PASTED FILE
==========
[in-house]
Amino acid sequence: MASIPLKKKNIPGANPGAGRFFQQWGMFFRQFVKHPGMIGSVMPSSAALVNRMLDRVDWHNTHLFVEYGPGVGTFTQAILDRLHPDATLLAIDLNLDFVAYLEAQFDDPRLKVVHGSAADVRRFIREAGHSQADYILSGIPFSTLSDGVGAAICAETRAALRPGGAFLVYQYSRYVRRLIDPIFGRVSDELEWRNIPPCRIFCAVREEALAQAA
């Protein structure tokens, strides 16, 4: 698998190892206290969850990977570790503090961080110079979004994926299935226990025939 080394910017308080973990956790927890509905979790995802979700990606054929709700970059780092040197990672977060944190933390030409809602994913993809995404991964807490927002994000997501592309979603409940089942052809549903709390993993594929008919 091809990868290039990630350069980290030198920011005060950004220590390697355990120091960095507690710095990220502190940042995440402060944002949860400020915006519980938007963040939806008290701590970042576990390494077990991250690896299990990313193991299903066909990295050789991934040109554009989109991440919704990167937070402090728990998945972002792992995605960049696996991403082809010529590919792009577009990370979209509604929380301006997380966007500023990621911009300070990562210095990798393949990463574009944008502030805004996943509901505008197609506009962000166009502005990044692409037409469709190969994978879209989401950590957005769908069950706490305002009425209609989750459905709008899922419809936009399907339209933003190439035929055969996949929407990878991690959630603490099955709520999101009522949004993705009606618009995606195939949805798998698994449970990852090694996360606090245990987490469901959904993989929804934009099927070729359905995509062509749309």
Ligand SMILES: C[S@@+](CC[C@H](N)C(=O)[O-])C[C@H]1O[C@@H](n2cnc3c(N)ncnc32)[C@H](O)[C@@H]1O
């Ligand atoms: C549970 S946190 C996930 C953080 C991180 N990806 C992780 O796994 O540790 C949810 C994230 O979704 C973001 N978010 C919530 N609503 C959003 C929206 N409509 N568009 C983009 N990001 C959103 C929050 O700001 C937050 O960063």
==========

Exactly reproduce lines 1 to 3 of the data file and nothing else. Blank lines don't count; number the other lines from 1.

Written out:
[in-house]
Amino acid sequence: MASIPLKKKNIPGANPGAGRFFQQWGMFFRQFVKHPGMIGSVMPSSAALVNRMLDRVDWHNTHLFVEYGPGVGTFTQAILDRLHPDATLLAIDLNLDFVAYLEAQFDDPRLKVVHGSAADVRRFIREAGHSQADYILSGIPFSTLSDGVGAAICAETRAALRPGGAFLVYQYSRYVRRLIDPIFGRVSDELEWRNIPPCRIFCAVREEALAQAA
């Protein structure tokens, strides 16, 4: 698998190892206290969850990977570790503090961080110079979004994926299935226990025939 080394910017308080973990956790927890509905979790995802979700990606054929709700970059780092040197990672977060944190933390030409809602994913993809995404991964807490927002994000997501592309979603409940089942052809549903709390993993594929008919 091809990868290039990630350069980290030198920011005060950004220590390697355990120091960095507690710095990220502190940042995440402060944002949860400020915006519980938007963040939806008290701590970042576990390494077990991250690896299990990313193991299903066909990295050789991934040109554009989109991440919704990167937070402090728990998945972002792992995605960049696996991403082809010529590919792009577009990370979209509604929380301006997380966007500023990621911009300070990562210095990798393949990463574009944008502030805004996943509901505008197609506009962000166009502005990044692409037409469709190969994978879209989401950590957005769908069950706490305002009425209609989750459905709008899922419809936009399907339209933003190439035929055969996949929407990878991690959630603490099955709520999101009522949004993705009606618009995606195939949805798998698994449970990852090694996360606090245990987490469901959904993989929804934009099927070729359905995509062509749309």